If you’ve been with us for awhile, you will know that the meals we offer our clients are completely plant-based. However, while we eat and cook a plant-based diet, we have many friends and clients who do consume animal products, but they are looking for ways to increase the plant to animal ratio, and we are here to help.
So, for today’s blog, we are going to talk about plant-based sources of protein.
When we tell people that we eat a plant-based diet, their first question (9 times out of 10) is, “how do you get enough protein?” Even though most nutritionists and health care experts believe that the North American diet contains more than enough sources of protein – regardless of whether or not we eat meat or consume dairy.
To set everyone’s minds at ease, we are going to share our favourite plant-based sources – and be prepared, you are going to be amazed at the variety of sources on this list!
- Lentils – contain 18 g of protein / cooked cup, and are also high in fiber, iron, manganese, and folate. Lentils are delicious cooked in dahls, soups and/or stews, and added on top of salads. The fiber in lentils actually helps the good bacteria in your gut, so colon health is an added bonus to eating lentils.
- Beans and chickpeas – contain lots of protein (approx. 15 g / cooked cup) and are high in fiber, iron, folate, potassium, and phosphorous. As a source of complex carbohydrates, beans help you feel full longer and can actually promote weight loss, lower blood pressure, and control blood sugar. Try adding cumin and turmeric to roasted chickpeas – delicious!
- Hempseed – contains around 10 g of complete, easily digestible protein / ounce (this is more than both chia seeds and flaxseeds). Hempseeds contain magnesium, iron, calcium, zinc, and selenium and are known to have anti-inflammatory properties (probably because they are also high in omega 3 fatty acids). Hempseeds can be added to your morning smoothie, or sprinkled on top of salads, soups, or other dishes.
Few more for the list …
- Nuts and nut butters – contain between 5-7 g of protein / ounce and are a good source of healthy fats, vitamin E, B vitamins, iron, calcium, selenium, and magnesium. Raw nuts are typically healthier than blanched, so consume raw nuts whenever possible. Also, natural nut butters that aren’t full of excess oils, sugar, and salt are recommended.
- Spirulina – is a blue-green algae (found in powdered form at any health food store) and contains 8 g of complete protein / 2 Tbsp. serving. It also contains 22% of our daily iron and thiamin requirements, as well as 44% of our copper requirements. One of the natural pigments in spirulina is a powerful antioxidant and is shown to have anti-cancer and anti-inflammatory properties. A popular way to add spirulina to your diet is to add it to a smoothie.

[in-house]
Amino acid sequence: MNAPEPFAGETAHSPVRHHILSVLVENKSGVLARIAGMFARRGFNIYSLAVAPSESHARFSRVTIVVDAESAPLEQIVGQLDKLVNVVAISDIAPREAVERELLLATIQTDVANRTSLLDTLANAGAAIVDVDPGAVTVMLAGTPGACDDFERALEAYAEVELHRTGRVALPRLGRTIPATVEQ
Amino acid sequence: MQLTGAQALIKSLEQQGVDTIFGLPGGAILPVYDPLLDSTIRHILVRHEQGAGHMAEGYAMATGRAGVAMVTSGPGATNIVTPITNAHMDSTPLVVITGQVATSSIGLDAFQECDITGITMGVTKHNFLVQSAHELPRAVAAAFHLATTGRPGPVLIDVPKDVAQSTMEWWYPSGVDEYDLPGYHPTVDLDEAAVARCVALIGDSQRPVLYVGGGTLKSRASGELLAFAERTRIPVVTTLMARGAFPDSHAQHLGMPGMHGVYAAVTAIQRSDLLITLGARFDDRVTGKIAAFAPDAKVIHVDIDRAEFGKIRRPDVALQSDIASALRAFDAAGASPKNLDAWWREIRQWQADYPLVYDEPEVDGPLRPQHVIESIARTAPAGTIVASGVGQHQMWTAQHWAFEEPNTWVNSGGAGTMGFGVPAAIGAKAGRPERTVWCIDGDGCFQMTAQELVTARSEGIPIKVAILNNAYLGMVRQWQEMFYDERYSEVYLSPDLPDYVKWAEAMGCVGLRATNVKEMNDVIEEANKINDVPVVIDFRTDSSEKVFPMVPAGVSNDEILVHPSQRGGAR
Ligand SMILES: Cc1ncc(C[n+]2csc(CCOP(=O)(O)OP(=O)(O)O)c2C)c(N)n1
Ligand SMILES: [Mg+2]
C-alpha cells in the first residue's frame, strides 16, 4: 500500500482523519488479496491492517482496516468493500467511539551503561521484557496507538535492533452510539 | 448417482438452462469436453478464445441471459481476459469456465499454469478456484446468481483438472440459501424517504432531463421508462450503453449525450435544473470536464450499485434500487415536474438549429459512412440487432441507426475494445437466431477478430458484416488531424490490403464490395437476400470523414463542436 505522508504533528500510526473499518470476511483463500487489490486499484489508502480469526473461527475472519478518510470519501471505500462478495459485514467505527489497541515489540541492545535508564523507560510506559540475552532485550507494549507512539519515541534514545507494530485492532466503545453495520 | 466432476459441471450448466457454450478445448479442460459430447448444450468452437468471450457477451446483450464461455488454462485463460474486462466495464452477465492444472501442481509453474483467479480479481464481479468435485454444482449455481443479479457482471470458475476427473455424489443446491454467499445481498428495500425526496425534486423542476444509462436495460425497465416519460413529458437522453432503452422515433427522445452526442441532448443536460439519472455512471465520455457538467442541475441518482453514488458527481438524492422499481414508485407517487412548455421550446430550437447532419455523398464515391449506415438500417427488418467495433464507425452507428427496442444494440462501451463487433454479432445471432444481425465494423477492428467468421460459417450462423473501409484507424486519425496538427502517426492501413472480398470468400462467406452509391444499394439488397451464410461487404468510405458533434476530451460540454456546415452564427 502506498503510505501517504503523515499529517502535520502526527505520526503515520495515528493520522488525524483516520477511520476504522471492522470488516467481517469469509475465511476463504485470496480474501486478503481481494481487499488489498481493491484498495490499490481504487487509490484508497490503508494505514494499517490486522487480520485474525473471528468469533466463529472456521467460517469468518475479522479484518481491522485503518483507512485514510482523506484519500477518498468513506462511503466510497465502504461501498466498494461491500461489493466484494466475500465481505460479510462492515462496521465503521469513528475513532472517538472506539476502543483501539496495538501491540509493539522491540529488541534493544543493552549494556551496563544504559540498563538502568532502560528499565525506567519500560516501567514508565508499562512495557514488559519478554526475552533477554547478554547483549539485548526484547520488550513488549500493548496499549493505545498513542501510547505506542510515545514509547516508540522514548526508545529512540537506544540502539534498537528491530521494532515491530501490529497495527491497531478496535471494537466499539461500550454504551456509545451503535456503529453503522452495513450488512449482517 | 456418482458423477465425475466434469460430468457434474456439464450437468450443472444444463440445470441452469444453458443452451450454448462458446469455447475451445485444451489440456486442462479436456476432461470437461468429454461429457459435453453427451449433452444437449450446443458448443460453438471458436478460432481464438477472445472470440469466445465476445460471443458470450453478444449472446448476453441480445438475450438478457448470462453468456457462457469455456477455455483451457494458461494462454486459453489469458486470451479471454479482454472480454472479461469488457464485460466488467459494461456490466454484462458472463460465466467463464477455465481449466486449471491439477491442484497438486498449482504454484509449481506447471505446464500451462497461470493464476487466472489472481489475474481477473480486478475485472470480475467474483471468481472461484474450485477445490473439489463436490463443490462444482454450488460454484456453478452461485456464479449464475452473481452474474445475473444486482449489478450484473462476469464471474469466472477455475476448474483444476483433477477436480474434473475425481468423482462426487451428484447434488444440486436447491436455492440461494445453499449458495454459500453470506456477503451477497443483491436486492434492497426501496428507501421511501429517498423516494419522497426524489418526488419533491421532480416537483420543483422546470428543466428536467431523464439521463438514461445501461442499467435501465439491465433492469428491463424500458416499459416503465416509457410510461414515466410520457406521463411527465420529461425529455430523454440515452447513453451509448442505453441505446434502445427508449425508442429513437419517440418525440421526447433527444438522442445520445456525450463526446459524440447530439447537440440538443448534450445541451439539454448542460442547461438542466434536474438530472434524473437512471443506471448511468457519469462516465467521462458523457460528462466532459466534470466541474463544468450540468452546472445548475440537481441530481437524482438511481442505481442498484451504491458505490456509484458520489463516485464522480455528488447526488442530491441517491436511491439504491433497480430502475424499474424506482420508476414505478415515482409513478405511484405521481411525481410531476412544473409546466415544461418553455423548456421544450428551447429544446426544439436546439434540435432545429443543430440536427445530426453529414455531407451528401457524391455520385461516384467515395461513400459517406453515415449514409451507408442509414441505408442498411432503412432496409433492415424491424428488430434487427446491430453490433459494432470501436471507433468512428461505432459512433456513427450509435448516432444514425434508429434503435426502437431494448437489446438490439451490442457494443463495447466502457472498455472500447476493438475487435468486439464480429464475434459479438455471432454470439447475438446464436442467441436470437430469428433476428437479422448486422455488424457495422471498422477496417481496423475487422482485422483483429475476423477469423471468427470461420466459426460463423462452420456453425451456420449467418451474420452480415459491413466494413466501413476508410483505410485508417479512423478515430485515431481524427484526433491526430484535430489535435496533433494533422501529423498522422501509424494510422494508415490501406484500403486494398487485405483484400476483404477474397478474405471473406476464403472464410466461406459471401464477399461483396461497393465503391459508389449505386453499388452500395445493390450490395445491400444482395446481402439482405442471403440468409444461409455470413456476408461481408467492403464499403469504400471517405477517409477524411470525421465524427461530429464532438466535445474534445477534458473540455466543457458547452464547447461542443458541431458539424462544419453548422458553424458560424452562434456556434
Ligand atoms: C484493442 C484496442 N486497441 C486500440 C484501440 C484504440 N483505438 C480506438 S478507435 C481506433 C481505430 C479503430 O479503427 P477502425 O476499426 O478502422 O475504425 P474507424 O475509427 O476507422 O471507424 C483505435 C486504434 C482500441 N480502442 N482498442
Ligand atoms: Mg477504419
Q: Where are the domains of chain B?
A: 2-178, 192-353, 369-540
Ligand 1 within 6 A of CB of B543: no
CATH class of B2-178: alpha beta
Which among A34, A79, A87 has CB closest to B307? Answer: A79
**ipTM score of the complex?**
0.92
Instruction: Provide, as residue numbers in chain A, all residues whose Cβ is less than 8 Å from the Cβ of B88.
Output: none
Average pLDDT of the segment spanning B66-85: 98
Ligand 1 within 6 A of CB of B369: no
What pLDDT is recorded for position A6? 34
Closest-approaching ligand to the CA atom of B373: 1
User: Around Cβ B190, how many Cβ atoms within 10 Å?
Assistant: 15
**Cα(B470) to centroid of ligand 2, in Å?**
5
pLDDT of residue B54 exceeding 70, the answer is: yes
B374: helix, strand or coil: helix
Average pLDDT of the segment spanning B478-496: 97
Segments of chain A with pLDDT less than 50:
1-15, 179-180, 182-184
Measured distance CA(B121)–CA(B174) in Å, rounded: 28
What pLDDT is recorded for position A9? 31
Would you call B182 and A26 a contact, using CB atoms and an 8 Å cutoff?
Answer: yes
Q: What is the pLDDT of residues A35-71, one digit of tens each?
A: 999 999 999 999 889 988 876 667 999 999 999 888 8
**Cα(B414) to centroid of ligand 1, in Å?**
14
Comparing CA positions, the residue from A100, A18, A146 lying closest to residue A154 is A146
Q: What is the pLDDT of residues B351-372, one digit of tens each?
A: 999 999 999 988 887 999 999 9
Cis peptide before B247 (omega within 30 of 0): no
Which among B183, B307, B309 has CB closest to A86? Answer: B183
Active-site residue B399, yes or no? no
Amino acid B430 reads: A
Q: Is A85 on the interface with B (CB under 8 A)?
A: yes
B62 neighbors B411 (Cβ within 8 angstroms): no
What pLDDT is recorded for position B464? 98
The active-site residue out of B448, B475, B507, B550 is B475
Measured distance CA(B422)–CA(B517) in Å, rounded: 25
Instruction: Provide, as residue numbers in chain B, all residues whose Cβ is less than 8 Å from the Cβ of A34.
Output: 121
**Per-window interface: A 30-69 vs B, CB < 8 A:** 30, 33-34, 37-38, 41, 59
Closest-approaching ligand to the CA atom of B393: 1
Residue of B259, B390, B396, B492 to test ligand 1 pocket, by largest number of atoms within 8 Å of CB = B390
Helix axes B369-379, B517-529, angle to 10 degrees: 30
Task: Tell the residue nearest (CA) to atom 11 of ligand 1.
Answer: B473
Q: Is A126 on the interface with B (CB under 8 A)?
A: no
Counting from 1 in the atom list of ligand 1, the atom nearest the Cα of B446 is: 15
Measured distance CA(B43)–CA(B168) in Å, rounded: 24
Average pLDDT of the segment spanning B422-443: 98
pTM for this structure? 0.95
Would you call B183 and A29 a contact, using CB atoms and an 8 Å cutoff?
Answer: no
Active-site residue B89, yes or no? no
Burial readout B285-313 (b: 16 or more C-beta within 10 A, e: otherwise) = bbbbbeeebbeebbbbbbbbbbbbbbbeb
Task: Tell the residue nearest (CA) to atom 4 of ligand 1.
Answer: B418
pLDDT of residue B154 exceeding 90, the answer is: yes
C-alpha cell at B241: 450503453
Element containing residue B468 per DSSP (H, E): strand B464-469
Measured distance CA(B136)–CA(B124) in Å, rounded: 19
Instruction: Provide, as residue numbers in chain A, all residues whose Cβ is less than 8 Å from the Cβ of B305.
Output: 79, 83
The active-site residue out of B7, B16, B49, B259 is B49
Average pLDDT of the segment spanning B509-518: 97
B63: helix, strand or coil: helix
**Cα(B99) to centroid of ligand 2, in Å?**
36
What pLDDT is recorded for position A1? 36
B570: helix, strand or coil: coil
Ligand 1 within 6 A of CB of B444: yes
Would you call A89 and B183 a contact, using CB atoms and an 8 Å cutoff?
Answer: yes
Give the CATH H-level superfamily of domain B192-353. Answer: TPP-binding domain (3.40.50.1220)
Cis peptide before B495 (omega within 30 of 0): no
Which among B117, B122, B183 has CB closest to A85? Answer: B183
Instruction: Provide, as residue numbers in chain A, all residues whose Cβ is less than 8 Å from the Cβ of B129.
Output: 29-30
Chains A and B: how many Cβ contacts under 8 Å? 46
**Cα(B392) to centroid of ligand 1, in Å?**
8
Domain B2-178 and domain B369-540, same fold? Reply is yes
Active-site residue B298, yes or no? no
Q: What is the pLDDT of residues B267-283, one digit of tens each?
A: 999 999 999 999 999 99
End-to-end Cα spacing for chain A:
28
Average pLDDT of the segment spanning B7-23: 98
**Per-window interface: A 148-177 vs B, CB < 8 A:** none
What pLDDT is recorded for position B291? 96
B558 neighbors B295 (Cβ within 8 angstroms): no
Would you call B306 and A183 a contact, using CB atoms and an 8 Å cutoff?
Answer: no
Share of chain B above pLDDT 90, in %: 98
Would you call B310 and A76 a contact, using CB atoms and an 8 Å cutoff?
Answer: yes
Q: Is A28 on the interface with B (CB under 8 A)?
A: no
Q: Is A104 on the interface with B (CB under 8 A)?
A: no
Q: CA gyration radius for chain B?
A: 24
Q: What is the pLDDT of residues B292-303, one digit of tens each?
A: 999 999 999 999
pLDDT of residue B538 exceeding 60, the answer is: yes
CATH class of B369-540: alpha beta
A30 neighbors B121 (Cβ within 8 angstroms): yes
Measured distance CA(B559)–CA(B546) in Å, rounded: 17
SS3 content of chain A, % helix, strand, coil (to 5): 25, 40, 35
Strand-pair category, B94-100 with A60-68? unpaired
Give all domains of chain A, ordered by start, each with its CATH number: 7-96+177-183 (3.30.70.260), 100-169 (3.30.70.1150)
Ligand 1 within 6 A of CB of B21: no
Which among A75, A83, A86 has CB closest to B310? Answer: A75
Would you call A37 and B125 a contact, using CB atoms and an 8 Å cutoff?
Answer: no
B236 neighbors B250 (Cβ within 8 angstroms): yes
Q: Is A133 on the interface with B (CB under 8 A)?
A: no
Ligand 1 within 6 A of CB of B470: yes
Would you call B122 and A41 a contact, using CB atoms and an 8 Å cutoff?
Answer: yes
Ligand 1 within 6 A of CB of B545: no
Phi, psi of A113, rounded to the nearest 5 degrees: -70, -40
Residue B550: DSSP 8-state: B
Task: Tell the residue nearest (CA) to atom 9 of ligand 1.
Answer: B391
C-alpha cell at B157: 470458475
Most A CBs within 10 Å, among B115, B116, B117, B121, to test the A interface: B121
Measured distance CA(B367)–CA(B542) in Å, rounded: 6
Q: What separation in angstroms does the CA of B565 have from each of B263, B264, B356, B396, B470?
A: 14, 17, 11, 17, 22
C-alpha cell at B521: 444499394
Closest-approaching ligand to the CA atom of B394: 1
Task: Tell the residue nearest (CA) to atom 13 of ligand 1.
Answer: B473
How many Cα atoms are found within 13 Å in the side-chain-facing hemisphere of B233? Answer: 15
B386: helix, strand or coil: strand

- Quinoa – contains 8-9 g of complete protein. A cooked cup and is also a good source of fibre, iron, manganese, phosphorous, and magnesium. Quinoa has a slightly nutty taste and can be used as an alternate to rice, added to soups, sprinkled on a salad, and even toasted and added to your favourite homemade granola.
Now let’s turn to our favourite foods – fruits and vegetables:
Vegetables that contain good sources of protein are: broccoli, spinach, asparagus, artichokes, sweet potatoes, and Brussels sprouts – approx. 4-5 g / cooked cup.
While fruit is generally lower in protein than vegetables, some fruits, such as, guava, blackberries, mulberries, bananas, and nectarines contain between 2-4 g / cup.
Beyond fruits and vegetables, here are some other food sources that are high in plant-based protein:
- tofu, tempeh, and edamame
- chia seeds and flaxseeds
- wild rice
- ancient grains like spelt and teff
- sprouted grains
- green peas
- nutritional yeast
At Ki’s Kitchen, we aren’t huge fans of a diet rich in soy products. So we typically choose from the many alternate sources available to us. Some crisp and crunchy edamame sure do make a good snack sometimes, however!
What do you think?
This is an impressive list, is it not? And nary a steak or chicken breast in sight. We hope you enjoy experimenting with some of the protein-rich foods on this list. There are so many amazing tastes and textures to explore.
Lastly, thank you so much for visiting! I hope you have found some valuable information, if so, I’d love to hear about it!
Please feel free to share this post with anyone who might benefit, and comments are always welcome!
I look forward to connecting with you next time!
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From our kitchen to yours,
Love + Peace
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